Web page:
Post-marketing requirements (PMRs) and post-marketing commitments (PMCs) are part of a post-marketing study that may be requested by regulatory authorities at the time of approval or after approval if new safety information becomes available. These studies may be observational and meta-data driven or may require additional clinical trials needing bioanalytical support for safety and efficacy data in different populations, as well as long-term studies for vaccines and cell and gene therapies. Agency-required studies are often timebound. Failure to comply with post-marketing requirements could lead to regulatory agency actions. The choice of CRO for these studies may be based on current relationships, because utilizing the same CRO that performed the previous clinical studies would be most appropriate, given their experience with the study(ies) and lifecycle maintenance of the assay methods and reagents. For special indications, a CRO that has specific expertise in a certain therapeutic area or in a specific patient population might be required. The choice may come down to which CRO has the capability and capacity and can commit to meet critical timelines.
Throughout drug development there are many different opportunities for bioanalytical data acquisition. Drug concentration, drug target, anti-drug antibodies, biomarkers, drug activity assays, drug metabolites, biomarker metabolites, genetic markers, and genetic mutations all represent the variety of data needs for a therapeutic to reach the market. All or some may be of interest and/or required for a sponsor to fully understand the effects of their drug. Large molecule, ligand binding PK and ADA assays are common in practice across industry and don’t necessarily require special equipment. However, some may require instrumentation that not all CROs have access to. For example, some biomarkers require high sensitivity that must have specific specialized instrumentation to assess at pico- or even femtogram levels. Mass spectroscopy, cell labs, and molecular biology labs are not a given at all
bioanalytical CROs. The needs for these assessments may be a consideration when choosing a CRO, if the preference is to outsource to multiple CROs versus one that offers a variety of analysis platforms.
With the number of therapeutics coming to market, industry is seeing increasingly complicated modalities and compounds. This requires not only regulatory and analytical expertise but scientific expertise to ensure accurate method development and analytical oversight for a program. As the complexity of biotherapeutics increases so does the need for innovative technologies and platforms to address the bioanalytical needs of getting a drug to market. Particularly for long-term programs that are not technically standard, scientific oversight of method performance will be necessary. While the sponsor will have ultimate responsibility of the final data reported, scientists at a CRO will be responsible for the initial assay development and optimization and act as the first line in identifying trending changes, technical assay challenges, and can assist in risk mitigation if needed. Scientific experience and knowledge in a CRO are imperative to a successful clinical trial.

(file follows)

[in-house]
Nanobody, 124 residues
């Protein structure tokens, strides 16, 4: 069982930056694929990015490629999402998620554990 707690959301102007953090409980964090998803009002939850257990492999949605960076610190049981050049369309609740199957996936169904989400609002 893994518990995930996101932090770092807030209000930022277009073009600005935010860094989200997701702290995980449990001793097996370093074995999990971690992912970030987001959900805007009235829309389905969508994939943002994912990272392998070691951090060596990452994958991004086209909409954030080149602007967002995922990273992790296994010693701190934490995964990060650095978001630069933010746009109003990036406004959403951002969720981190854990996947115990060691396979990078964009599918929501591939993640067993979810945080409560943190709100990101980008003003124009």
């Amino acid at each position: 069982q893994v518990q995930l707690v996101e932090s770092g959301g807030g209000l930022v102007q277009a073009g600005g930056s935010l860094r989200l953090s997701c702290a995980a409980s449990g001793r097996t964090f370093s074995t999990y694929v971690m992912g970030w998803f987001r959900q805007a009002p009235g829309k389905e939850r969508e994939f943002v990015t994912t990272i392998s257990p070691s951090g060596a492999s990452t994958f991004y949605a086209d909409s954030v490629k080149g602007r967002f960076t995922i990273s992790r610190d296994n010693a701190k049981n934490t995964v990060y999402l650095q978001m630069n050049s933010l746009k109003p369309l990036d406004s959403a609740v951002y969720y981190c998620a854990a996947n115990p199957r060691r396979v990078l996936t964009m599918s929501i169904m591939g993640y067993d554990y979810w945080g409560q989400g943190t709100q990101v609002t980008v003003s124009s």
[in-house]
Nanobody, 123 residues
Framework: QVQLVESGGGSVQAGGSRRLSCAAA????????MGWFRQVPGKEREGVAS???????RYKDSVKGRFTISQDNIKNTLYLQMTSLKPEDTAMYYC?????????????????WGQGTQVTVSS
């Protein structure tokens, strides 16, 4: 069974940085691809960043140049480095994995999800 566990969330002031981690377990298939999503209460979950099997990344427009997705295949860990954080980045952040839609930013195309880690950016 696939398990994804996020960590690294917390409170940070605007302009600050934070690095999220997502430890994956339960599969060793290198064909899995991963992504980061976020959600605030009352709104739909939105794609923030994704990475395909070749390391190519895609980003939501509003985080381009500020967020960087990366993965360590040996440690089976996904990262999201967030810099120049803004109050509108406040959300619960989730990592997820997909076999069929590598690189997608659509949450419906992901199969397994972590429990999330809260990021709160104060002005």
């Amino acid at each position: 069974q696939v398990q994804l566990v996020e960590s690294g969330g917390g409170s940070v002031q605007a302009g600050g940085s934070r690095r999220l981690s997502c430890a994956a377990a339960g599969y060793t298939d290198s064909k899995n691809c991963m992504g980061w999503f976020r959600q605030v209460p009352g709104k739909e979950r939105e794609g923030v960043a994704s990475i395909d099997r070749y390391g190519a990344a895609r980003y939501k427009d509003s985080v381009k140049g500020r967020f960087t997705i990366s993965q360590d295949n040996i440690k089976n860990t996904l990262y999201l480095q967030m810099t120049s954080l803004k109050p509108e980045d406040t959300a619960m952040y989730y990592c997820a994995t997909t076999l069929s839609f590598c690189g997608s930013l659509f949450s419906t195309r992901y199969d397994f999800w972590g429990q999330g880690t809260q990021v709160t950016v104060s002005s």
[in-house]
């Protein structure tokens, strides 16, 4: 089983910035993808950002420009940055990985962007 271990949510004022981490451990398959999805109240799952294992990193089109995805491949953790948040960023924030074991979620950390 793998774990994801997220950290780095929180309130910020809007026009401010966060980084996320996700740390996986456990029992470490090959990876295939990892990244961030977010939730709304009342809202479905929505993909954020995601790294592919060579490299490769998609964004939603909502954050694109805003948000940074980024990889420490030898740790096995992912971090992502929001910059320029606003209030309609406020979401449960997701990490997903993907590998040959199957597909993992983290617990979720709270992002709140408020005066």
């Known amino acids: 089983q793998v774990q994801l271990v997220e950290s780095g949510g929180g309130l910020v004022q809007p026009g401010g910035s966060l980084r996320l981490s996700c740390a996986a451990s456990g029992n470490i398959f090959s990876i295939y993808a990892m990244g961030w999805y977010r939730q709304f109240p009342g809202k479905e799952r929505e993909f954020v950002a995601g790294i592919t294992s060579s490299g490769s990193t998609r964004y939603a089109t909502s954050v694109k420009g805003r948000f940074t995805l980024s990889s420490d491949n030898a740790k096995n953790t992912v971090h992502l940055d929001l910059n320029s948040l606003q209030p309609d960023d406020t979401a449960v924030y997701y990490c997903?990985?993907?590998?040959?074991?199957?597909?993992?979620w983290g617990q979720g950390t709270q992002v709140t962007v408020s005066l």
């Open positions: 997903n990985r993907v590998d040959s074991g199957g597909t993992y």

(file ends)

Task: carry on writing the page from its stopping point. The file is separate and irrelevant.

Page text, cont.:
The CRO will likely follow specific regulatory requirements and guidances for assay validation, data management and reporting, sample handling,
and equipment and IT systems validations and maintenance support, depending on their laboratory specifications. Some examples of common documents include:
In addition, CROs may be certified by the College of American Pathologists (CAP)/Clinical Laboratorty Improvement Amendments of 1988 (CLIA) or follow GxP regulations and be regularly inspected by the FDA, the Brazilian Heath Regulatory Agency (ANVISA) or other similar regulatory bodies. When considering the bioanalytical needs of a program, it is not only important to have expertise, instrumentation, and capabilities, but the infrastructure of the organization and the security of processes to ensure the integrity and safety of data.
Choosing the right CRO is an important decision and can be instrumental in a successful drug development program. Capacity needs, expertise, regulatory knowledge, or timelines may drive decisions. Whether it’s a one-stop shop or a specialty CRO, all CROs should adhere to best practices, standard operating procedures, and regulatory guidance to assure quality and integrity of the data.
Amy Lavelle is associate director and Laura Brunner is principal scientist at Bioanalytical Lab, PPD Clinical Research Services, Thermo Fisher Scientific.
Vol. 35, No. 6
When referring to this article, please cite it as A. Lavelle and L. Brunner, “When Is It Appropriate to Outsource Bioanalysis Work to a CRO?,” BioPharm International 35 (6) (2022).